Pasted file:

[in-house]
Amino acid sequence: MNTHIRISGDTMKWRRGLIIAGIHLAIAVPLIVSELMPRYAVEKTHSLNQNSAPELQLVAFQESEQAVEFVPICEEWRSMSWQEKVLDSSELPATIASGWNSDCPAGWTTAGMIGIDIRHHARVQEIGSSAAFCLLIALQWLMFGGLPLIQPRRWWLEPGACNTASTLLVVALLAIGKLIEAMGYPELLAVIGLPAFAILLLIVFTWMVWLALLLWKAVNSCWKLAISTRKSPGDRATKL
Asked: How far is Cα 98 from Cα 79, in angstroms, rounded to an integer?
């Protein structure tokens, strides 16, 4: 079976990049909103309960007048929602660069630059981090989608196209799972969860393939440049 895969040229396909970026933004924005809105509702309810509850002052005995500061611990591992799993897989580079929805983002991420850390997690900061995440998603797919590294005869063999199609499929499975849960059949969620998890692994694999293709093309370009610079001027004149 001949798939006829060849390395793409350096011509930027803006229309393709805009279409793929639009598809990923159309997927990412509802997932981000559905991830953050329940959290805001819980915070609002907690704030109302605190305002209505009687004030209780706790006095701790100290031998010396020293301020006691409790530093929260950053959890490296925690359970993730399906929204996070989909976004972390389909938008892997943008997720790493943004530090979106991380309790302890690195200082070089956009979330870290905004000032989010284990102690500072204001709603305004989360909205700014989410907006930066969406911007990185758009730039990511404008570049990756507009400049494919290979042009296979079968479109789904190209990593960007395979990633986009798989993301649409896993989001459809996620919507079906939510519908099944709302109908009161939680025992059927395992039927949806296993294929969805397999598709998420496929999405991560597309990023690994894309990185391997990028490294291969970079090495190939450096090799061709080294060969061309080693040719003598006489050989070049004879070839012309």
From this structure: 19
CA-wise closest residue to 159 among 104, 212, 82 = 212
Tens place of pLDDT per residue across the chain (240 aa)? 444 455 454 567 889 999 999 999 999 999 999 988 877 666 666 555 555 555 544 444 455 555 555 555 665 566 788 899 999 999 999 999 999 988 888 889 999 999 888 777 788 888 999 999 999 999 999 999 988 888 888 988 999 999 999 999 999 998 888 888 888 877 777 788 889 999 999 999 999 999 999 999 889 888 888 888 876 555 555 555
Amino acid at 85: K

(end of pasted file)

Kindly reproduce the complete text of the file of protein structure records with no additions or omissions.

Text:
[in-house]
Amino acid sequence: MNTHIRISGDTMKWRRGLIIAGIHLAIAVPLIVSELMPRYAVEKTHSLNQNSAPELQLVAFQESEQAVEFVPICEEWRSMSWQEKVLDSSELPATIASGWNSDCPAGWTTAGMIGIDIRHHARVQEIGSSAAFCLLIALQWLMFGGLPLIQPRRWWLEPGACNTASTLLVVALLAIGKLIEAMGYPELLAVIGLPAFAILLLIVFTWMVWLALLLWKAVNSCWKLAISTRKSPGDRATKL
Asked: How far is Cα 98 from Cα 79, in angstroms, rounded to an integer?
């Protein structure tokens, strides 16, 4: 079976990049909103309960007048929602660069630059981090989608196209799972969860393939440049 895969040229396909970026933004924005809105509702309810509850002052005995500061611990591992799993897989580079929805983002991420850390997690900061995440998603797919590294005869063999199609499929499975849960059949969620998890692994694999293709093309370009610079001027004149 001949798939006829060849390395793409350096011509930027803006229309393709805009279409793929639009598809990923159309997927990412509802997932981000559905991830953050329940959290805001819980915070609002907690704030109302605190305002209505009687004030209780706790006095701790100290031998010396020293301020006691409790530093929260950053959890490296925690359970993730399906929204996070989909976004972390389909938008892997943008997720790493943004530090979106991380309790302890690195200082070089956009979330870290905004000032989010284990102690500072204001709603305004989360909205700014989410907006930066969406911007990185758009730039990511404008570049990756507009400049494919290979042009296979079968479109789904190209990593960007395979990633986009798989993301649409896993989001459809996620919507079906939510519908099944709302109908009161939680025992059927395992039927949806296993294929969805397999598709998420496929999405991560597309990023690994894309990185391997990028490294291969970079090495190939450096090799061709080294060969061309080693040719003598006489050989070049004879070839012309």
From this structure: 19
CA-wise closest residue to 159 among 104, 212, 82 = 212
Tens place of pLDDT per residue across the chain (240 aa)? 444 455 454 567 889 999 999 999 999 999 999 988 877 666 666 555 555 555 544 444 455 555 555 555 665 566 788 899 999 999 999 999 999 988 888 889 999 999 888 777 788 888 999 999 999 999 999 999 988 888 888 988 999 999 999 999 999 998 888 888 888 877 777 788 889 999 999 999 999 999 999 999 889 888 888 888 876 555 555 555
Amino acid at 85: K